Another cold and gray day in Paris but time again to try something new. I had been reading about the Canal St. Martin cruise -- a more than two hour glide down one of Paris' oldest and historic canals. Last year, the waters were too high and most sailings were cancelled but we were in luck this time around.
We took the metro to Jaures and easily found the Basin de Villete where Canauxrama, the company that runs various cruises docks its boats. We got in early for the 2:45 pm sailing so there was time to sit and enjoy the canal view.
We set off towards the Ourcq Canal where we would make the u-turn to enter the St. Martin canal. This would be a good way to spend a cold afternoon, relaxing and seeing views we hadn't seen before.
Paris as seen from the canal is mostly residential sections -- bridges span the narrow waterways where locals cross to and from each side.
I left the comfort and warmth of the indoor cabin to check how a lock works. This was the first of 4 locks that our boat would go through. So interesting to see the water slowly fill up the other side of the gate -- once the other side is full of water, the gates open and the boat slips through.
It takes about 10 to 15 minutes for each lock crossing which is why you have to put aside two and half hours for this excursion. Some people may find it boring, but we felt otherwise. The Canal St. Martin used to be a major byway for trade in old Paris. Nowadays, it is mostly used by smaller pleasure boats and cruise boats -- the barges carrying produce and goods have become too big to fit through the narrow canal.
The canal meanders through old districts and old buildings. The building in the background is Paris' oldest hospital -- where people suffering from the plague used to be quarantined. Throughout the tour, there is a guide on board who gives a running commentary in French -- but seeing there were 2 non french speaking guests on board -- she translated certain parts in English for us.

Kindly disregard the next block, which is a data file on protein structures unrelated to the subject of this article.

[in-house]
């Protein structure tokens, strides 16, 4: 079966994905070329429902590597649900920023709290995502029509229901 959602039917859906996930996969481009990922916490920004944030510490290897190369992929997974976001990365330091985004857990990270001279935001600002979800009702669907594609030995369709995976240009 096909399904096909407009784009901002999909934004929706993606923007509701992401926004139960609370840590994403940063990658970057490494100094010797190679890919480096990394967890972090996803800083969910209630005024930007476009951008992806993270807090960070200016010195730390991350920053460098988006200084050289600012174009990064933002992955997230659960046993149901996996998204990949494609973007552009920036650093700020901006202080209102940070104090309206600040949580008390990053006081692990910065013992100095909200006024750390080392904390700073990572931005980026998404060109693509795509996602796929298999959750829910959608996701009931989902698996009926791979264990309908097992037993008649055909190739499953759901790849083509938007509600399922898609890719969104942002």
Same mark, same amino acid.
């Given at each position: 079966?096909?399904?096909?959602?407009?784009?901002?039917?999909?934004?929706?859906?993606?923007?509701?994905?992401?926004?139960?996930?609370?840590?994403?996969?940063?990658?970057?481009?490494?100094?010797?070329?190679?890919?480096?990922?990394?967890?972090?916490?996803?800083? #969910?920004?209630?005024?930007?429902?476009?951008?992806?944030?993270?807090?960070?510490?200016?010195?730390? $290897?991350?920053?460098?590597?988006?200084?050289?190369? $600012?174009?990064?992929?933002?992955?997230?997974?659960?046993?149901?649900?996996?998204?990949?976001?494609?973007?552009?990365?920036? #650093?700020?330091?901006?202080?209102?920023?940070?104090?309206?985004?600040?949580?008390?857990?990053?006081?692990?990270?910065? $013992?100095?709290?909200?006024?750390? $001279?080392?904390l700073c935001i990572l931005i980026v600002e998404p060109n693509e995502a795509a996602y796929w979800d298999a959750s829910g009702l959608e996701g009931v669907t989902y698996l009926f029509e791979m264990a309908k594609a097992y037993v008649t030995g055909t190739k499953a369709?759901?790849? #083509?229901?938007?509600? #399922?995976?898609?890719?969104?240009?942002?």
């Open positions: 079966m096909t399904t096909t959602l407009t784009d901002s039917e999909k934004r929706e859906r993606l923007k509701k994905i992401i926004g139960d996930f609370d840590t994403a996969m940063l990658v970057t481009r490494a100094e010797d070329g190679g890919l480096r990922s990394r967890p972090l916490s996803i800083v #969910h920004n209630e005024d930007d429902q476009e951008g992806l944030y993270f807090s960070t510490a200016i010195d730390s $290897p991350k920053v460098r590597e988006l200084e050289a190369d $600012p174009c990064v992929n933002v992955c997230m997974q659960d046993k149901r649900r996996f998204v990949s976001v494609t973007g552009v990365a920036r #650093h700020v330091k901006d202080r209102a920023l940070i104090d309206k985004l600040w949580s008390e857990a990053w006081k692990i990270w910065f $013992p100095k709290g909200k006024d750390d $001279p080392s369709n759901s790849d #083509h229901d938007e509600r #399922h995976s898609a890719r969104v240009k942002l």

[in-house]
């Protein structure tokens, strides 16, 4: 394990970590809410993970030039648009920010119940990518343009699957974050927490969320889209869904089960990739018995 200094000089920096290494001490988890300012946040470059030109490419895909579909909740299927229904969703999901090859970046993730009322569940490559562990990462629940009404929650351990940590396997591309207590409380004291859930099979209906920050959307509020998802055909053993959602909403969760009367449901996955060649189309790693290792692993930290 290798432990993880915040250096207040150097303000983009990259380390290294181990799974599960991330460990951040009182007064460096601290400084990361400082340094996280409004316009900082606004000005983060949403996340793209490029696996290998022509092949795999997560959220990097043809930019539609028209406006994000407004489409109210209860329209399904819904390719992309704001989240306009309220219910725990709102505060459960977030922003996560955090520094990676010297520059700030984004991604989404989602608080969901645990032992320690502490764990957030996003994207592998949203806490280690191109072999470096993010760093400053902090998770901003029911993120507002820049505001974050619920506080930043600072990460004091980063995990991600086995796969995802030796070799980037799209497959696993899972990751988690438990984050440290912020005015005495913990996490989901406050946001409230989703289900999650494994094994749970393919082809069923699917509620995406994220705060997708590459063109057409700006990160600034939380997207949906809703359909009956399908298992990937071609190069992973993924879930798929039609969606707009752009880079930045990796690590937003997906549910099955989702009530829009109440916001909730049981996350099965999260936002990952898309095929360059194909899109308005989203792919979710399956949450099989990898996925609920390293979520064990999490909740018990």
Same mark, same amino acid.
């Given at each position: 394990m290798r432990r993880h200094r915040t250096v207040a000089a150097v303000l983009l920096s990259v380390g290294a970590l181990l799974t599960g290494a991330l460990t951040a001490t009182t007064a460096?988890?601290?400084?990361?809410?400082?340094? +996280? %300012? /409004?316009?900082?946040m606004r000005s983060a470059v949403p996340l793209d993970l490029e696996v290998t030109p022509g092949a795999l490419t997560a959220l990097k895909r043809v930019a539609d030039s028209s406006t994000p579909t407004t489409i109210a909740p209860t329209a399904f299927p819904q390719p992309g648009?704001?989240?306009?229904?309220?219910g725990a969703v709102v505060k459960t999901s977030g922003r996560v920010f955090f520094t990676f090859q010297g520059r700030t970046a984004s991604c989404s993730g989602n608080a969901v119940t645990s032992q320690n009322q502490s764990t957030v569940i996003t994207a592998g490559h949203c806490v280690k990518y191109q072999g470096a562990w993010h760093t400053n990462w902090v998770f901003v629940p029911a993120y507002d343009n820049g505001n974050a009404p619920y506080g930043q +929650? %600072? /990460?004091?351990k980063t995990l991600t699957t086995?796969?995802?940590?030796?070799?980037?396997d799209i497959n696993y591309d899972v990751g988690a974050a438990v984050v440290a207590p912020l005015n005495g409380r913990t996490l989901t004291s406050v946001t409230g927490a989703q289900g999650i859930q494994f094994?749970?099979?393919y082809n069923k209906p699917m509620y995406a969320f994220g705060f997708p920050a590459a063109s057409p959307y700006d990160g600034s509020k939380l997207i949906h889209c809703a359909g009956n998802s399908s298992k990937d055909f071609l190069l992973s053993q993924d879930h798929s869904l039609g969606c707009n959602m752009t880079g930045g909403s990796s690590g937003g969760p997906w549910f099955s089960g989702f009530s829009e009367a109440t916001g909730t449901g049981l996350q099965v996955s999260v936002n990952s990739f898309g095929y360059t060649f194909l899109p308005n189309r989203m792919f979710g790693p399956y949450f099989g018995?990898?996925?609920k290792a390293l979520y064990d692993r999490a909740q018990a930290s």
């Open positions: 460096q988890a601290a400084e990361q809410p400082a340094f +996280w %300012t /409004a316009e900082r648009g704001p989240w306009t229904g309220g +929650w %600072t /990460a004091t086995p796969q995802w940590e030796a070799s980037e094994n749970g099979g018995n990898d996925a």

It was almost 6 pm and quite dark by the time we reached the end of the cruise -- which is at the basin around the Bastille area. This dock is where a lot of houseboats and yachts are parked.
Sailing is thirsty work! We hied off to Chez Clement, a few steps away from the apartment where we were taken to a window table, warm and cosy against the chill and drizzle outside. 1664 beer and people watching -- what a perfect combination for a cold and rainy night in Paris!
Chez Clement is a restaurant d' hotes, meaning it is a restaurant that also serves breakfast -- it is open most of the day. Since it is in a tourist area -- Place St. Michel and Rue Andre des Arts -- I had little hopes for the food that would be served. But the ambience was quiet and not touristy -- and the service, while not quick was also not unfriendly.
I ordered the formule-- since I had fallen off the vegetarian wagon in Strasbourg, my baser foodie self ordered me to go with the porky saucisse Aveyronnaise. It came with a mountain of golden and perfect frites -- I was back in hog heaven!
The sausage was not your delicate frankfurter variety but had chunks of brined and cured meat inside the casing. Truly french, truly delicious!
Chez Clement may have been in a tourist area but the food was authentic and good -- I changed my impression - it is not a tourist trap at all!
My formule came with dessert -- a well done riz pudding. Sitting on a puddle of vanilla sauce and sprinkled with chocolate sauce and finely chopped pistachio nuts -- it was a sweet note to end a surprisingly delicious meal!